If you want to play OCO, but it doesn't offer the Reading accessibility features you require, these similar games extend the Reading accessibility:
We've documented 1 accessibility feature for Navigation in OCO which deals with how the game provides guidance and assistance to navigate its worlds. These are only for games that have traversal and exploration in 2D and 3D spaces.
Menu Audio Cues: Navigating menus provide an audio cue for each selection.
Similar Games With More Accessibility Features for Navigation
If you want to play OCO, but it doesn't offer the Navigation accessibility features you require, these similar games extend the Navigation accessibility:
We've documented 7 accessibility features for Controls in OCO which deal with how you control the game, different options for alternative inputs and whether you can remap these settings to suit your needs.
1 Button: Can play with a single button.
Mouse And Keyboard
Keyboard Alone: Can play with just the keyboard.
Mouse Alone: Can play with just the mouse/mouse-button/mouse wheel.
Additional gestures may be required for games played with a screenreader like VoiceOver.
One Tap Anywhere: Can play with touchscreen, tap anywhere.
Specific button operation required to play
Holding Down Buttons Optional: Holding down buttons for prolonged periods (a second or more) is not required or can be switched to toggling the action on and off. This is in addition to the movement stick/button which is not considered a hold for this purpose.
Rapid Repeated Pressing Optional: Quick, repeated button pressing (more than 2 times a second) is not required, can be skipped or switched to holding a button to trigger a repeated action.
No Simultaneous Buttons: Only one button or key required at a time, in addition to direction stick(s).
Similar Games With More Accessibility Features for Controls
If you want to play OCO, but it doesn't offer the Controls accessibility features you require, these similar games extend the Controls accessibility:
We've documented 6 accessibility features for Visual in OCO which deal with how you can adjust the visuals to suit your needs, and offer additional information if you can't hear the game.
High Contrast: There is high contrast between elements that need to be distinguished from each other, such as characters, interactive objects and game environment, either by default or a high contrast mode. This is different to a slider that increases contrast or brightness between light and dark.
No Flashes: No flashing strobe effects or you can disable them. This includes the absence of flashing from dramatic visual effects, explosions or weather effects like lightning.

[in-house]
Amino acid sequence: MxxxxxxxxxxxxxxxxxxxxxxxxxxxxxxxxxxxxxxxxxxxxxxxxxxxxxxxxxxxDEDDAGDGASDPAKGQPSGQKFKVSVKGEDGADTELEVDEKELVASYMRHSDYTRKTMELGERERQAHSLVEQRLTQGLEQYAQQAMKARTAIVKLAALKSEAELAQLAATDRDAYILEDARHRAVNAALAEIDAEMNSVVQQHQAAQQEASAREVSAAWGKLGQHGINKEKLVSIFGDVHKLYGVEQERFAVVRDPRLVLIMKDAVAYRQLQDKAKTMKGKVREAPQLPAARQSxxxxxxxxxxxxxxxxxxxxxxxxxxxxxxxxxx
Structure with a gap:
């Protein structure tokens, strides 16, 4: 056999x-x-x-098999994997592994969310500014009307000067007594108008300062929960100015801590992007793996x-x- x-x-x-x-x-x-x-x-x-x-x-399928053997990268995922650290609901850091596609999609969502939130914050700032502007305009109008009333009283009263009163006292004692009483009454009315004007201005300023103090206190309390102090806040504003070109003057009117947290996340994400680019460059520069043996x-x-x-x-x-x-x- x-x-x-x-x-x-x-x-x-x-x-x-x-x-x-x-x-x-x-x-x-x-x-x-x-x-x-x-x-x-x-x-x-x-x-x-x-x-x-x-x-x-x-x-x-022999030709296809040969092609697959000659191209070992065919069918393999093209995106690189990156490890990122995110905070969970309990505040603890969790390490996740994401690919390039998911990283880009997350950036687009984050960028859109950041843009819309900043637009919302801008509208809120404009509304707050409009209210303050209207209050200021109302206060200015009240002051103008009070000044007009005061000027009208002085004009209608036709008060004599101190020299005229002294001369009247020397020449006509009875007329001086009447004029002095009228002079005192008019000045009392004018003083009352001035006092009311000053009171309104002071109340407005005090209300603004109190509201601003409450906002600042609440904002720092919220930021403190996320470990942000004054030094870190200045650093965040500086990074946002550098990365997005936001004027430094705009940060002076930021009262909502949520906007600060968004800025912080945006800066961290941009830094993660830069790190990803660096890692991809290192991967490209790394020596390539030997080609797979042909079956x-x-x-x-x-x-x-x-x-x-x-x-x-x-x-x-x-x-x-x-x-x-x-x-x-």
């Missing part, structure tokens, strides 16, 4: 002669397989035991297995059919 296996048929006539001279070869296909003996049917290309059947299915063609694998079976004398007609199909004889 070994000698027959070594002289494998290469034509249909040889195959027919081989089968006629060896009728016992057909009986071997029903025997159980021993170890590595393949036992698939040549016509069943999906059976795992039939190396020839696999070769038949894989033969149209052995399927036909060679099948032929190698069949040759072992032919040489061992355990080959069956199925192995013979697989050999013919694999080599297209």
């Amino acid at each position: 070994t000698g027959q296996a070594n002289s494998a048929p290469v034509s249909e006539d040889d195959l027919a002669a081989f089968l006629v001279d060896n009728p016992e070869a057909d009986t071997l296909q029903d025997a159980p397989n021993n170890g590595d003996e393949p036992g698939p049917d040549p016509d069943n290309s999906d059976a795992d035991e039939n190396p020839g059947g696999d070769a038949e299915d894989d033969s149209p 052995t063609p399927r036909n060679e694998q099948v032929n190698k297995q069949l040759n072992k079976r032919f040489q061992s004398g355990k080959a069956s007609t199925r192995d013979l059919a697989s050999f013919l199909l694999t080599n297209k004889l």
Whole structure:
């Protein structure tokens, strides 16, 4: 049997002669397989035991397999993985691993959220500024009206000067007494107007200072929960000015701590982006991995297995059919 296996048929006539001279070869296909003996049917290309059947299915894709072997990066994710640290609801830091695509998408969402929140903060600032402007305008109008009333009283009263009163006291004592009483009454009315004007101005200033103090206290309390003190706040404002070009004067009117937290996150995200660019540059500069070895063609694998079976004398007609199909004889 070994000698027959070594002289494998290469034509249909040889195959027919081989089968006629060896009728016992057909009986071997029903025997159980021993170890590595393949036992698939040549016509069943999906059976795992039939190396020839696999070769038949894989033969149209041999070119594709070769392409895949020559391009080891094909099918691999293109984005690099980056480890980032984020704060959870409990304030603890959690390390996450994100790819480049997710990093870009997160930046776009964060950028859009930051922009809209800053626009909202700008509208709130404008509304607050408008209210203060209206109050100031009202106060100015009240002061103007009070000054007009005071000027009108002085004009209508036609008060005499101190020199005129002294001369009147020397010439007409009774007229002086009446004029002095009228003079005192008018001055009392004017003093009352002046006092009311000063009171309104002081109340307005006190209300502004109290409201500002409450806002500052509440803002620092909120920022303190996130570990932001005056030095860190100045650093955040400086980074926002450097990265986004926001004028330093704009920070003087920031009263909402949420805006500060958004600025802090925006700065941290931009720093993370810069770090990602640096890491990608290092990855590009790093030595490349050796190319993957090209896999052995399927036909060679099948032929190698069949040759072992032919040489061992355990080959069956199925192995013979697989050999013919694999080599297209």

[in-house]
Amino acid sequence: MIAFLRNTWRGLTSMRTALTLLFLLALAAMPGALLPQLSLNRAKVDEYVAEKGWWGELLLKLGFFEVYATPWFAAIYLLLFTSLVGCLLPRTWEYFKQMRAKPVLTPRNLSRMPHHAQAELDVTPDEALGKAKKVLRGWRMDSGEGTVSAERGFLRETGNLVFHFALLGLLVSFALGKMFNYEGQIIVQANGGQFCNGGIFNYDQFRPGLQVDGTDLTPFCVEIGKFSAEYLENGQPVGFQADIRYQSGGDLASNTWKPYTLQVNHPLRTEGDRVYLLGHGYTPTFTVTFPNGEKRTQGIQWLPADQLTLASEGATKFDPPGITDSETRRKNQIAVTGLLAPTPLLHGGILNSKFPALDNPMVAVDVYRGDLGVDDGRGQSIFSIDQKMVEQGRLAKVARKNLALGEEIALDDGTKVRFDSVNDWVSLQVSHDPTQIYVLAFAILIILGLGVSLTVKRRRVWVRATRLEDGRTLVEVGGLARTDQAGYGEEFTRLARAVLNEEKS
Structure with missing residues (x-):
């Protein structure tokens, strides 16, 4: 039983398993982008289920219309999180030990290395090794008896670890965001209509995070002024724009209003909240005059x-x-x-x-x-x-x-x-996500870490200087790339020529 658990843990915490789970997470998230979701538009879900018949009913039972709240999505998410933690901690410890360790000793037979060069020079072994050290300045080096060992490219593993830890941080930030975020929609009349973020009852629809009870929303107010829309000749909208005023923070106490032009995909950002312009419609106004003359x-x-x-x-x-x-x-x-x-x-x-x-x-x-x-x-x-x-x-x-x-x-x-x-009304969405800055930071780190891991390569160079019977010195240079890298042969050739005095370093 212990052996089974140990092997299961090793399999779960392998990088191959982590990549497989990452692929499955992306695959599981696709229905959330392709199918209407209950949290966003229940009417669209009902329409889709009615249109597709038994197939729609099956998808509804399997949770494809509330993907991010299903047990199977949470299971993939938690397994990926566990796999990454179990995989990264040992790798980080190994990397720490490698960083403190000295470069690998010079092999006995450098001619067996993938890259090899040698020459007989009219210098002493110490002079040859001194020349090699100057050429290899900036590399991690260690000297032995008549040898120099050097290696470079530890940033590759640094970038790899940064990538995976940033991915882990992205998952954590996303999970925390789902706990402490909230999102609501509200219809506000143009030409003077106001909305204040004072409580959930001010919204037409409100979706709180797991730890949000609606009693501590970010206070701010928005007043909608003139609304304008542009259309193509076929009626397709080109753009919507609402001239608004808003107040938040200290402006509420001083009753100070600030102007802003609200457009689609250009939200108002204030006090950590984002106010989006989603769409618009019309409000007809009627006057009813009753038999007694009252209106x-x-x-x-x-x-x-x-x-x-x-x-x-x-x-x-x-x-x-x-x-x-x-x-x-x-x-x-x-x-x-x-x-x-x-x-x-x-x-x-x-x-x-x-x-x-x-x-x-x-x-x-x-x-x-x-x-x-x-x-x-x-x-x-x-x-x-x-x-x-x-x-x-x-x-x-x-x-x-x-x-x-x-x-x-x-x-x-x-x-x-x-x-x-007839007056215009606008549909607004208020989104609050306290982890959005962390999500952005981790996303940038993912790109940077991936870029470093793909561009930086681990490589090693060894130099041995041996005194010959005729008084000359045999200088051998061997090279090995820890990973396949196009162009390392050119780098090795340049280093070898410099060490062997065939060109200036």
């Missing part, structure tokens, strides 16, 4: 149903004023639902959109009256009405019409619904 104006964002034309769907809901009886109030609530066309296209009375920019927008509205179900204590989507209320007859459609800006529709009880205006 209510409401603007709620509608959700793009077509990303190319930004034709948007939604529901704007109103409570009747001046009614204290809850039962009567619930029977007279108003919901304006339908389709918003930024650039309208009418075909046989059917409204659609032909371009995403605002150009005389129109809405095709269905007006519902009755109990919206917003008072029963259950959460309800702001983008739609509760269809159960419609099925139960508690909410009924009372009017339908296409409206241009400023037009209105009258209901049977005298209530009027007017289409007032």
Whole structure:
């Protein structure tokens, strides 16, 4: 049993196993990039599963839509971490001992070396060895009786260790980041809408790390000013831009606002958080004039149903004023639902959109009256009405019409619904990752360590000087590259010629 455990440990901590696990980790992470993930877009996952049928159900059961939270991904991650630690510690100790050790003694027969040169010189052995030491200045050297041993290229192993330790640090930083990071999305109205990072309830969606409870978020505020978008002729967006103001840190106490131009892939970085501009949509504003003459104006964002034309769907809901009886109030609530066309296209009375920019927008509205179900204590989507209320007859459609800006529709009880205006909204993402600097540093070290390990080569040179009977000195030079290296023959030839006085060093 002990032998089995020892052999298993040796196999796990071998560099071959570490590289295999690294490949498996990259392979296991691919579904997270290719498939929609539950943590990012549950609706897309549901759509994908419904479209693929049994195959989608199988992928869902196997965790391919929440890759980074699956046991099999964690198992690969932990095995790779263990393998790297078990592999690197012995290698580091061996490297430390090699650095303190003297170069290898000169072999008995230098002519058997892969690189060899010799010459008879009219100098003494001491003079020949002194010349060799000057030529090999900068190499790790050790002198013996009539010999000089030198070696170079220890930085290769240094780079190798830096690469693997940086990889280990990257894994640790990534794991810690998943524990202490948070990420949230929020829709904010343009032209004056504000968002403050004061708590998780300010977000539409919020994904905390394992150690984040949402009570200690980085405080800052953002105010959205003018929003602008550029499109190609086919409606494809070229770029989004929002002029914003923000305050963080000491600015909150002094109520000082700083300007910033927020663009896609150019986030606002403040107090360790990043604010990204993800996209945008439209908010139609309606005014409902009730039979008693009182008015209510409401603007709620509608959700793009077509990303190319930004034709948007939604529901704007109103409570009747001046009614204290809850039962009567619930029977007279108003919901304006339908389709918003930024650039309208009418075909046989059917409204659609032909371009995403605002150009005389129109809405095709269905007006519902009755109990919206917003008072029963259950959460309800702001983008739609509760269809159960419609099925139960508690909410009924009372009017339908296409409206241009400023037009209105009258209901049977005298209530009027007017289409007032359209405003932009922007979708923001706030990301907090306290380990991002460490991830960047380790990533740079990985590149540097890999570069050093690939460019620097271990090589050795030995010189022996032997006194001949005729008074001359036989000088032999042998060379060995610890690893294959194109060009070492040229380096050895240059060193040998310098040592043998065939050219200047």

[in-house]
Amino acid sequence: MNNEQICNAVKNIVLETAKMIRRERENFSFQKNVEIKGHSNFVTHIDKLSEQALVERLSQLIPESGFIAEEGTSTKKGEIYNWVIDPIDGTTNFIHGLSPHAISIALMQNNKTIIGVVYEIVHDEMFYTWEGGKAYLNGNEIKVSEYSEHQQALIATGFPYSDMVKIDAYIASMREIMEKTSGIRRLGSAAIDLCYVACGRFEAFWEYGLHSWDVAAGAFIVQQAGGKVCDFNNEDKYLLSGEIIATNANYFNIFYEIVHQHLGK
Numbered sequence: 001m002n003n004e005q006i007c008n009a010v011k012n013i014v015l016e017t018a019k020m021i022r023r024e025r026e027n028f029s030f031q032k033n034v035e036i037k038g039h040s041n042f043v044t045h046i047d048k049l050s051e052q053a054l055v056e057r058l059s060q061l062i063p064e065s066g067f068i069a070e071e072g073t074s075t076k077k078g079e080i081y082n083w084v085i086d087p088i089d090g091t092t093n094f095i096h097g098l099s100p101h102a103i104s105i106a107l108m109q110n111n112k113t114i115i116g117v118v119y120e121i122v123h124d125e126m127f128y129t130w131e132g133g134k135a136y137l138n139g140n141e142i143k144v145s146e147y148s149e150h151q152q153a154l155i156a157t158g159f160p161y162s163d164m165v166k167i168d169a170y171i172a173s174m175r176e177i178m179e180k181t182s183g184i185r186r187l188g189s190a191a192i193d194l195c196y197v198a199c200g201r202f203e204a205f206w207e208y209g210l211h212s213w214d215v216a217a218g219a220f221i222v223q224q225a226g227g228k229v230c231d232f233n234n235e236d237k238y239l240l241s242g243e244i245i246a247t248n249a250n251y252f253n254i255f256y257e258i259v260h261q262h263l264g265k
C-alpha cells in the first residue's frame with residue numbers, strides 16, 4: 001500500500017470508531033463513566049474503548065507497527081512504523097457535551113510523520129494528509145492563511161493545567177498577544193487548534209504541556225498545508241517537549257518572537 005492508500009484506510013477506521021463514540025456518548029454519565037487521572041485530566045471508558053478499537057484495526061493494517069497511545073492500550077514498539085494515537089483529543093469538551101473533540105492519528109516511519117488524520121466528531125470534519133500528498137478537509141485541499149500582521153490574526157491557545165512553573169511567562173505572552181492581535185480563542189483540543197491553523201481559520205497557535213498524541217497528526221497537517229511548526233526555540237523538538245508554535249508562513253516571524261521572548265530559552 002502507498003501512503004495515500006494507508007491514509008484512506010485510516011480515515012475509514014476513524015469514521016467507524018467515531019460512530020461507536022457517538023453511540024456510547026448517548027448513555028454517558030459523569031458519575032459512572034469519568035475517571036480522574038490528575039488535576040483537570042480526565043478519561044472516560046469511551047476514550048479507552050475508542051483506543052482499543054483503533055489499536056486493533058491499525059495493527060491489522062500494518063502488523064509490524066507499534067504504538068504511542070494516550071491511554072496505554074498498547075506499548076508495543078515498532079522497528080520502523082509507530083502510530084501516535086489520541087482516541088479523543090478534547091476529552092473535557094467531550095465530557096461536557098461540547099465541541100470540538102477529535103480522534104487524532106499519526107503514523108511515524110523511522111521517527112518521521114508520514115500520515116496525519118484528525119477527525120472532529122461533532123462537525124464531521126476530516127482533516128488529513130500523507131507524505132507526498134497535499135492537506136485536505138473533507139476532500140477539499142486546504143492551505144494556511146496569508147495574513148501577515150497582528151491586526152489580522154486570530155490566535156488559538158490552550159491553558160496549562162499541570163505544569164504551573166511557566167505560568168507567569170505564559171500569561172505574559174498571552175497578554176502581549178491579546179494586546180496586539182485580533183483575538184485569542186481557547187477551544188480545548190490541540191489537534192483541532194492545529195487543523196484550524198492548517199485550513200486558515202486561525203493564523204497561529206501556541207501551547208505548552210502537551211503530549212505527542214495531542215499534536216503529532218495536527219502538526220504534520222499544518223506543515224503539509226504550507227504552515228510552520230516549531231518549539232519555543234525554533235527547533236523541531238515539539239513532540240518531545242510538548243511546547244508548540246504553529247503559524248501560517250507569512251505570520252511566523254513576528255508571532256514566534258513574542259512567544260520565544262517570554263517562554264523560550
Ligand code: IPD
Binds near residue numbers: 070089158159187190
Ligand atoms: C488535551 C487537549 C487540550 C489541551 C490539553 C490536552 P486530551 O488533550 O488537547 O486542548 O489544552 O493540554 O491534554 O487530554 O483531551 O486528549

No Screen Shake: No screen shake effect or it is included but it can be disabled. This includes the absence of screen shake for dramatic effect as well as to indicate hits on a target.
No Busy Backgrounds: No distracting backgrounds or you can make them static or blank. This includes the absence of other movement elements in the background that might distract or confuse the action.
Audio Cues for Visual Events
Audio Cues for Visual Events: Audio is provided to indicate visual events. Game events or progress highlighted by visual icons, effects or animations are also accompanied by audio to signify that progress. This is useful for blind players.
Menu Audio Cues: Navigating menus provide an audio cue for each selection.
Similar Games With More Accessibility Features for Visual
If you want to play OCO, but it doesn't offer the Visual accessibility features you require, these similar games extend the Visual accessibility:
We've documented 2 accessibility features for Audio in OCO which deal with how you can adjust the audio of the game and whether audio cues compensate for aspects of the game that are hard to see.
Visual Cues for Audio Events: Text or other visual indicators of audio events. This mirrors audio indicators of progress in the game with a corresponding visual indication.
Play Without Hearing
Play Without Hearing: No audio cues are necessary to play the game well.
Similar Games With More Accessibility Features for Audio
If you want to play OCO, but it doesn't offer the Audio accessibility features you require, these similar games extend the Audio accessibility:
System Accessibility Settings
In addition to the accessibility features provided in the game, you can also use system-wide accessibility settings:
Android has accessibility settings including ways to navigate and interact, although not all games support this.
Windows has extensive accessibility features. Some, like colour correction, work with games. Lots of accessibility software can be used with PC games, from voice recognition to input device emulators.
iOS has a very extensive suite of accessibility settings including ways to navigate with voice and comprehensive screen reading, though most of the features don't work with games.
Read more about system accessibility settings.